Lee Hsien Loong visits US, maintains delicate balancing act with China

By Fan Lei Source:Global Times Published: 2017/10/22 19:58:39

Illustration: Liu Rui/GT



Starting Sunday, Singapore Prime Minister Lee Hsien Loong embarked on his five-day trip to the US, the first such trip since President Donald Trump entered the White House. Despite the close relationship between Singapore and the US, mutual visits between the two leaderships are not that frequent. Amid the current scenario of US domestic and Asia-Pacific politics, Singapore holds high expectations for this visit.

Since the US and Singapore established diplomatic ties in 1966, bilateral relations have prospered in a broad spectrum of fields including trade, investment, security and defense, These fields go beyond normal relations between the US and its other allies. This bilateral relationship is even more noticeable due to its impact on regional affairs. It is not exaggerating to describe the US as the world's most influential big power and Singapore the world's most influential small power. Late Singapore founding father Lee Kuan Yew repeatedly noted in his book One Man's View of the World, "America's presence has been an important stabilizing factor for the region. Its continued presence will help maintain that stability and security."

This notion came about from Singapore's vulnerability as a small country. It means it has to rely on big powers in its foreign relations and adopt a balancing approach among the big powers. On the other hand, when Lee Kuan Yew attended the UN Decolonization Committee in New York in 1962, what he saw was a postwar, confident country taking over world power.

Based on these two notions, Singapore actively pushed forward multilateral platforms such as the Association of Southeast Asian Nations and the Forum of Small States and took part in institutions like the Asia-Pacific Economic Cooperation, the Group of 20 and the lapsed Trans-Pacific Partnership (TPP). Meanwhile, Singapore lobbied the US to maintain its strategic presence in the Asia-Pacific, especially Southeast Asia, to balance against other regional powers and ensure its own interests.

After the Cold War, US governments acknowledged Singapore's will and maintained a US presence in the region. The administration of Barack Obama enhanced this policy through its rebalancing strategy.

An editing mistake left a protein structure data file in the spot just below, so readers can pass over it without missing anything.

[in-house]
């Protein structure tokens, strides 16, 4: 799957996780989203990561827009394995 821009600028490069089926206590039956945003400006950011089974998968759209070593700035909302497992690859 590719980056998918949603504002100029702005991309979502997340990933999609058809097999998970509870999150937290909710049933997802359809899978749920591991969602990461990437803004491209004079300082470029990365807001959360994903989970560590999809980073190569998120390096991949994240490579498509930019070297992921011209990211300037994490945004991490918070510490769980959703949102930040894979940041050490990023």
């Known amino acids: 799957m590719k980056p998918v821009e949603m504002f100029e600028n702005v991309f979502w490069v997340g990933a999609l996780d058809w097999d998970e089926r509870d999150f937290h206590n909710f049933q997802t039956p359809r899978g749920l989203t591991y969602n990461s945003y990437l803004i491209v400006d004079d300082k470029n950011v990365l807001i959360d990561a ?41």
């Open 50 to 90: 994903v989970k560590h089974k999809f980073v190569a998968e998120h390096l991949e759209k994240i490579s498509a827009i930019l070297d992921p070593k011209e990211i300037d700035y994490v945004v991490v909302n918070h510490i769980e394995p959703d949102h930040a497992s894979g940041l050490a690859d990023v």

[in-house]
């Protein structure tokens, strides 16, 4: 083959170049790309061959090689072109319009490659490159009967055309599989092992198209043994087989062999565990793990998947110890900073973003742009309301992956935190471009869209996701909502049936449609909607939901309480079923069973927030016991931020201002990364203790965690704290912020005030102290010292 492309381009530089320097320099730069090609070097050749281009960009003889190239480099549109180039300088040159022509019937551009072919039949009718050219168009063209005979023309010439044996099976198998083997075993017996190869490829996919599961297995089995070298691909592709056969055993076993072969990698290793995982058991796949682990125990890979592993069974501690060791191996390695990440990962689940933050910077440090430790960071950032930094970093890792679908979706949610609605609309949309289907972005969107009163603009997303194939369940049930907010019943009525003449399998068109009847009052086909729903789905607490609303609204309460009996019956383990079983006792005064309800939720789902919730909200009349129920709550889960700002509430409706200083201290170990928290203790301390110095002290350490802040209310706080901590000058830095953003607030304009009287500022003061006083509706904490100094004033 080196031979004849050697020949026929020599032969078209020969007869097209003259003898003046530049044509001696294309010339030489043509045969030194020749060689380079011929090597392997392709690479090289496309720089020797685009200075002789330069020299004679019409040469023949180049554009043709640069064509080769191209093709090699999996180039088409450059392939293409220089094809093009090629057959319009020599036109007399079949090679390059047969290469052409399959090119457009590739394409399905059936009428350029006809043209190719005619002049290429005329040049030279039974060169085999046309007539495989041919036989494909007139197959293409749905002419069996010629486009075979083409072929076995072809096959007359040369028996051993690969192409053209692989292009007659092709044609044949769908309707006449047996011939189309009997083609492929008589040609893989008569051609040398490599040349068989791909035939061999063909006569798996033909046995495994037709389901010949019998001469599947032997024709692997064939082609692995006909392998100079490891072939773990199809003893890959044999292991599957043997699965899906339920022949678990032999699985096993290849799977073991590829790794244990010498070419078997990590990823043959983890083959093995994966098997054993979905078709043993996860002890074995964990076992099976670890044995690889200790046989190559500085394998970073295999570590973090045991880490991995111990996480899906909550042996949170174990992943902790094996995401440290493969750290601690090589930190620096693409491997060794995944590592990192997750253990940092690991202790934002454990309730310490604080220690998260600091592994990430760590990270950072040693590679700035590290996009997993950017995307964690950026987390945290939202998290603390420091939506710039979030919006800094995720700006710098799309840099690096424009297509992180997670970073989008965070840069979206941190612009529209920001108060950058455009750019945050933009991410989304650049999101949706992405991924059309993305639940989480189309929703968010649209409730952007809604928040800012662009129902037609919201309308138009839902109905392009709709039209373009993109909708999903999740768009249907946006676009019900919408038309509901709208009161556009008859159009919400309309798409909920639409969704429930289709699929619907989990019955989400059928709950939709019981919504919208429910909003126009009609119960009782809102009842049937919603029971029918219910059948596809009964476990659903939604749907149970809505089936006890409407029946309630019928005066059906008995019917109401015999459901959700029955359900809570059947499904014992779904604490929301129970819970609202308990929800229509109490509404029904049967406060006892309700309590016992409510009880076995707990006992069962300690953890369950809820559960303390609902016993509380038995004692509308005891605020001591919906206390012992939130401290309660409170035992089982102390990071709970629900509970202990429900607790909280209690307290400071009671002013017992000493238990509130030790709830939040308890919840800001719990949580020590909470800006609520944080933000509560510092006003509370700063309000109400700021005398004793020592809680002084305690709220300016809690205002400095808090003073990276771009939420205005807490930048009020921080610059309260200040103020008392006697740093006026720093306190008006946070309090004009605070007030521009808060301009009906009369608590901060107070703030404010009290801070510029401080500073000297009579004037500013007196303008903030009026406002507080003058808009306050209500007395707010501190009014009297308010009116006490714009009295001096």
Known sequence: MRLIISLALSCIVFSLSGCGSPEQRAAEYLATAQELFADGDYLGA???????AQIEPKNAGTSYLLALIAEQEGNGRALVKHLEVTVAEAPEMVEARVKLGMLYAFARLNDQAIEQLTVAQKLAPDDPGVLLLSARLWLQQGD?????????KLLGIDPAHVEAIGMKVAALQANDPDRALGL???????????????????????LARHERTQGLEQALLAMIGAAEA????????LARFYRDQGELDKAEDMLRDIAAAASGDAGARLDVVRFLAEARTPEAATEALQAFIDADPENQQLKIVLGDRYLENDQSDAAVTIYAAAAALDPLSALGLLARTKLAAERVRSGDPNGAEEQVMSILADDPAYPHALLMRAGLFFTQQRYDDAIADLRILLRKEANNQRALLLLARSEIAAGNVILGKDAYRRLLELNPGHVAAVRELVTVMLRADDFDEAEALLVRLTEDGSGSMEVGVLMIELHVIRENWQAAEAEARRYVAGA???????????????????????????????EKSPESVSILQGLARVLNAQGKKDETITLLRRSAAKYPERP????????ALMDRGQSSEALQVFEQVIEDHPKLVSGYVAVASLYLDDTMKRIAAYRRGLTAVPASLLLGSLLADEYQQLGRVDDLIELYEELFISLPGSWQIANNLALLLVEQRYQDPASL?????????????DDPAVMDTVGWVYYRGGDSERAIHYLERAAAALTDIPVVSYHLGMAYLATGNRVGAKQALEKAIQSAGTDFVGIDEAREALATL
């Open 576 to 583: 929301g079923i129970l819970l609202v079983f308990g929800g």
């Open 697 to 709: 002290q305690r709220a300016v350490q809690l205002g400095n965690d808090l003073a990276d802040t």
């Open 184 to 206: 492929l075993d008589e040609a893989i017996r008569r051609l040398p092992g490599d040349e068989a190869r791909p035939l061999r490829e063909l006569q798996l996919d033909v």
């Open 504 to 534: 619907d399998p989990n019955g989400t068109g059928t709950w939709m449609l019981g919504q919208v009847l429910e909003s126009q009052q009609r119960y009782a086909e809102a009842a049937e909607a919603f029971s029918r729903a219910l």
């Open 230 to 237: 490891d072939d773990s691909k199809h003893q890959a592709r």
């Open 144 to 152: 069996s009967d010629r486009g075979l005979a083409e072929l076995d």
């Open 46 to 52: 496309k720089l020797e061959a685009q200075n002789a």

But since Trump took power, US domestic and foreign political landscapes have changed. His decision to quit the TPP has unsettled participants including Singapore. Prior to his US visit, Lee Hsien Loong revealed disappointment over Trump's move when interviewed by US media.

Given the conservative attitude of the Trump government toward global trade and regional affairs, Singapore, highly dependent on the international market, has been deeply concerned. It hopes that Trade and Industry Minister S Iswaran, who is accompanying Lee during this trip, will strike deals with his US counterpart.

Security and defense cooperation is another consideration of bilateral cooperation. Tommy Koh, Ambassador-At-Large at Singapore's Ministry of Foreign Affairs, recently wrote that judging by GDP per capita, power of trade and money, power of communications, power of good governance and power of ideas, Singapore is not a small country. He also contended that in Singapore's relations with other countries, it should "be respectful but not submissive."

However, the vulnerability of a small country cannot be dispelled by the above-mentioned indicators, especially the security vulnerability. Maintaining traditional cooperation in security and defense is another priority of Lee's trip.

Due to Singapore's balancing act and the strategic positioning of China and the US in the Asia-Pacific, no matter whether it is US-Singapore relations or China-Singapore relations, Singapore cannot escape the general picture of China-US relations. Lee's visit this time comes after his China visit in September and before Trump's Asia tour in November. Concerning Singapore's role between China and the US, international opinion will inevitably link the three countries and speculate about their policies.

As for regional affairs concerning China, Singapore will stress its neutral stance. When it comes to topics related to both China and the US, Singapore hopes to befriend both. China is Singapore's biggest trading partner while the US is its security shield. In other words, Singapore cannot afford to displease both. To maximize its interests in its relations with both Beijing and Washington is obviously Singapore's best approach.

The author is a research fellow of the Research Institute for Singapore Studies at Shandong University of Political Science & Law and The Charhar Institute. opinion@globaltimes.com.cn



Posted in: ASIAN REVIEW

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